This guide contains advice on where and how to look for records of nurses, surgeons and other medical staff who served with the Royal Navy. Most of these records are held at The National Archives, but some material is held by the Ministry of Defence and the Red Cross.
What do I need to know before I start?
Before 1884 the Royal Navy generally employed male nurses only.
The majority of naval nurses in the First and Second World Wars served in the Queen Alexandra’s Royal Naval Nursing Service.
Surgeon was an officer rank.
Queen Alexandra’s Royal Naval Nursing Service registers and Royal Navy medical officers service records (1894-1929)
View catalogue descriptions and references for an assortment of online records of naval nurses, surgeons and other medical staff serving between 1894 and 1929, all in series ADM 104. These eleven volumes of records include:
- a service register for Queen Alexandra’s Royal Naval Nursing Service (1894-1929)
- four volumes of registers for Queen Alexandra’s Royal Naval Nursing Service Reserve (1914-1919)
- five volumes of Royal Navy surgeons and other medical officers service records (1891-1926)
- a register of service for massage sisters who worked in naval hospitals (1917-1925)
These online records are digital microfilm. This means you cannot use our catalogue to search them by name. You must first download the digital microfilm and then scroll through the document to find a name.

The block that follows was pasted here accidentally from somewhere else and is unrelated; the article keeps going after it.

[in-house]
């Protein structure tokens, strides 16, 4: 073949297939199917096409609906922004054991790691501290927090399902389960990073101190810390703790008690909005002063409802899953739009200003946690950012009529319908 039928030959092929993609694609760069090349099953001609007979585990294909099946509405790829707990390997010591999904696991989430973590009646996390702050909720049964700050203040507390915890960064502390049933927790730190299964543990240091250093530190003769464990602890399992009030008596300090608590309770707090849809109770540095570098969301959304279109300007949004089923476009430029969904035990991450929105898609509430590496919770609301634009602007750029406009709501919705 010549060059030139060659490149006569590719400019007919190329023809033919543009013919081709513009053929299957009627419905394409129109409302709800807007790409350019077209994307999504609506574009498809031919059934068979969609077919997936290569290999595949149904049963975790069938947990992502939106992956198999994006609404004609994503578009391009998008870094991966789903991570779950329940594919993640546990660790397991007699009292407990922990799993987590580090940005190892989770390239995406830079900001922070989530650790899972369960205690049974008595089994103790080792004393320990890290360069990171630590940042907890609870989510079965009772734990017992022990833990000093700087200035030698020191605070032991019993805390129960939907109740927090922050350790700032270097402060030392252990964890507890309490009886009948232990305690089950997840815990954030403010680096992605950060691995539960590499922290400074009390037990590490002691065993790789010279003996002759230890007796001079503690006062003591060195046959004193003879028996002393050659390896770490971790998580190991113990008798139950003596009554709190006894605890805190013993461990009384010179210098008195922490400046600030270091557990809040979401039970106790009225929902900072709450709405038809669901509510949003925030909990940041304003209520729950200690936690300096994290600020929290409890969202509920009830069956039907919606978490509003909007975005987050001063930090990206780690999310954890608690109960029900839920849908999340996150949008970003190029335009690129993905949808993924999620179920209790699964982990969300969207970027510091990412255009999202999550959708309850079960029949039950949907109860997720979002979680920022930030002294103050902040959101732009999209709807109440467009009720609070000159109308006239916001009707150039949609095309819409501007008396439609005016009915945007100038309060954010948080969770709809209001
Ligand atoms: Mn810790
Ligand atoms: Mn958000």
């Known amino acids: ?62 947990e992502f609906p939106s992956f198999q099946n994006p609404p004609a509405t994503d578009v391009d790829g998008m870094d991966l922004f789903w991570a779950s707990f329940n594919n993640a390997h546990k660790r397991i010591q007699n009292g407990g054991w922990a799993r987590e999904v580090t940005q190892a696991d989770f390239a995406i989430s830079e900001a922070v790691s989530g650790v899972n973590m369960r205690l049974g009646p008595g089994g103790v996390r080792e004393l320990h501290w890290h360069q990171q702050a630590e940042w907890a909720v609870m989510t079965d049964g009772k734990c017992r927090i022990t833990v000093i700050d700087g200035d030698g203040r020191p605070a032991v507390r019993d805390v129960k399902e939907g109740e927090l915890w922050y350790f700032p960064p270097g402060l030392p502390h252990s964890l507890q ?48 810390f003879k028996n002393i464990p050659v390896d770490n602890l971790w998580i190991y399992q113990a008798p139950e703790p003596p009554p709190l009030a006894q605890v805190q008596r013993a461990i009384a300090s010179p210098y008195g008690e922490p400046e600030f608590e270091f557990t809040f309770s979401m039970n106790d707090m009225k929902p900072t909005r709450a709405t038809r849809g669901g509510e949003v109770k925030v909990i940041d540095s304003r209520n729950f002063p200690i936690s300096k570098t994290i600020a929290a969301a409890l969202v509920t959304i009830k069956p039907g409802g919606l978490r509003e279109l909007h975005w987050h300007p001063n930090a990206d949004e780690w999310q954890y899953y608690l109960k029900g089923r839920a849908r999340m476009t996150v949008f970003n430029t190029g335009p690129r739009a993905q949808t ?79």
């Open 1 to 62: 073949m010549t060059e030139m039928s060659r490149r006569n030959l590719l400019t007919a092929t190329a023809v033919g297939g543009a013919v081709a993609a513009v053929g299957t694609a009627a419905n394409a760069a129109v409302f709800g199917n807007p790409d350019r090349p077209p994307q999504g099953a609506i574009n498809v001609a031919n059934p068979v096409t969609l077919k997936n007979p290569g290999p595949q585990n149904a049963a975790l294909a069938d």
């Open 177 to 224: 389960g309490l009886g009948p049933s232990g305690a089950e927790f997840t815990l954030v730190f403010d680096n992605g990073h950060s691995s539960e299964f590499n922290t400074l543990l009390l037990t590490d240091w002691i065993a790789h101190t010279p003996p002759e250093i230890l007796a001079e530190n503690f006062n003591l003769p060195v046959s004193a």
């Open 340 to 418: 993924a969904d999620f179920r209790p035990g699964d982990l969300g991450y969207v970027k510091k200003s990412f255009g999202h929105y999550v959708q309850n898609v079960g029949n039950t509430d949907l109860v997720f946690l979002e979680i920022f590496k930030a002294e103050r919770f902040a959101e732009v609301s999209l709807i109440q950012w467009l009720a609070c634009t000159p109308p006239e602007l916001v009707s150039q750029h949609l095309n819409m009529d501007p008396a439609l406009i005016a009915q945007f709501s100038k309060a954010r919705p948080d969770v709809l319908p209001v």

Click on the ‘Details’ links for access, free of charge, to the downloadable documents. Please be aware that these are very large files and only suitable for download on a fast and unlimited broadband connection.
Registers of recipients of the Royal Red Cross (1883-1994)
Search and download entries from the registers of recipients of the Royal Red Cross (WO 145/1-3) at Findmypast.co.uk (£). The Royal Red Cross was established as an award in 1883 for women who showed special devotion while nursing the sick and wounded of the British Army and Royal Navy. It was not awarded to men until 1977.
The registers provide very few biographical details but do usually include the nurse’s service number, the job title or position and sometimes the place of work or residence. The date the award was announced in the London Gazette is also usually included. These registers document around 9,000 individuals over a period of more than 110 years.
Records in other archives and organisations
Queen Alexandra’s Royal Naval Nursing Service (1929-present)
Visit the GOV.UK website for information about how to request a summary of a service record from the Ministry of Defence. These are not available to members of the general public, though next of kin may request access to them.
Voluntary Aid Detachment records (1914-1920, 1939-1945)
Contact the British Red Cross museum and archives for the service record of a person who served in a Voluntary Aid Detachment (VAD) during the First or Second World War.
Voluntary Aid Detachments (VADs) were non-military organisations created in 1909 and based on the Japanese voluntary aid system. Members were trained by the St John Ambulance Brigade and served alongside all branches of the armed forces.